For those not in the know, Louise Brooks was the ultimate flapper girl of the 1920s. She was probably more famous for her haircut, beauty, and lifestyle than her films. But her film legacy is firmly established by two German films she made after leaving Hollywood briefly - Pandora's Box and Diary of a Lost Girl, both by G.W. Pabst (one of the legendary silent film directors). Both films, if you can find them, are absolute classics. The German expressionist style has rarely been more beautifully captured than in Pandora's Box (Hitchcock used this style too in a lot of his early black/white films). And I was lucky enough to find a beat-up VHS copy of Diary. If you like silent films, you can't go wrong with this film either! The imagery is stunning, Louise Brooks looks gorgeous and gives a moving performance a young lady who, having lost her virtue, is consequently shunned by society and has to learn to care for herself. I don't like to give away plots, so that's all I'll say, but I am looking forward to owning this film on DVD! Highly recommended!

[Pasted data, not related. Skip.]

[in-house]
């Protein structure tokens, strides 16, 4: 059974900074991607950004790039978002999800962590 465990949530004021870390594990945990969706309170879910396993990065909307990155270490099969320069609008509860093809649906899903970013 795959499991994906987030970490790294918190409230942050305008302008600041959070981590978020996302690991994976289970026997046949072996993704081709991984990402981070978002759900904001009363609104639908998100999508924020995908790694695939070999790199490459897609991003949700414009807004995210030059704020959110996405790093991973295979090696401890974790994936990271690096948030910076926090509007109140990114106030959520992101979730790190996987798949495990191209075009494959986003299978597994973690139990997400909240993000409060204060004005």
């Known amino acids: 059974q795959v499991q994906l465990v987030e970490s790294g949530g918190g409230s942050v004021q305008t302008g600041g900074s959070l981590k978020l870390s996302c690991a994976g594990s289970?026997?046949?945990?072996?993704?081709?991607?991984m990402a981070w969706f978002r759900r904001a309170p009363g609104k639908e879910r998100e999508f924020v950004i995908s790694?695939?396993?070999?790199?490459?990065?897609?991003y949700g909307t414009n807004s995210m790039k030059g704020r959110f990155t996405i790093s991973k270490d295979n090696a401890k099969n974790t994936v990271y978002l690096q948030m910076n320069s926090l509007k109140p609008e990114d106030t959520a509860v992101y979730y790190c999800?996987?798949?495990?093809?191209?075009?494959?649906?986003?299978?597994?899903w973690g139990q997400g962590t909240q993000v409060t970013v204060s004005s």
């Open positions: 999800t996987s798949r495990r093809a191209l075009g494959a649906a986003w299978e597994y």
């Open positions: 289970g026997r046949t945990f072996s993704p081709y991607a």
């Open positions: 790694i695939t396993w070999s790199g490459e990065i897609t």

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And she can act. Louise Brooks's restrained but affecting performance elevates what would have been to me a shamelessly sensational and sordid melodrama into moving and compelling entertainment. I am docking this half a star for the abrupt (albeit somewhat positive) ending, and some embarrassingly hammy (and creepy)overacting by several of the key supporting actors; in contrast, all of the supporting actresses did a fine job: notably the hausfrauses playing the former-housemaid-turned-"evil"-stepmother and the kindly brothel madame.
And Ms. Brooks, ah...she can even make the simple act of drinking liquer out of a glass look deliriously fetching and artlessly natural at the same time. I must say, after not being all that taken with oft cited past candidates for most lovely screen actresses of all time (including Gene Tierney, Rita Hayworth, and Hedy Lamarr), I think I have found the face that launched my thousand ships. But really, it's also a very good movie.:)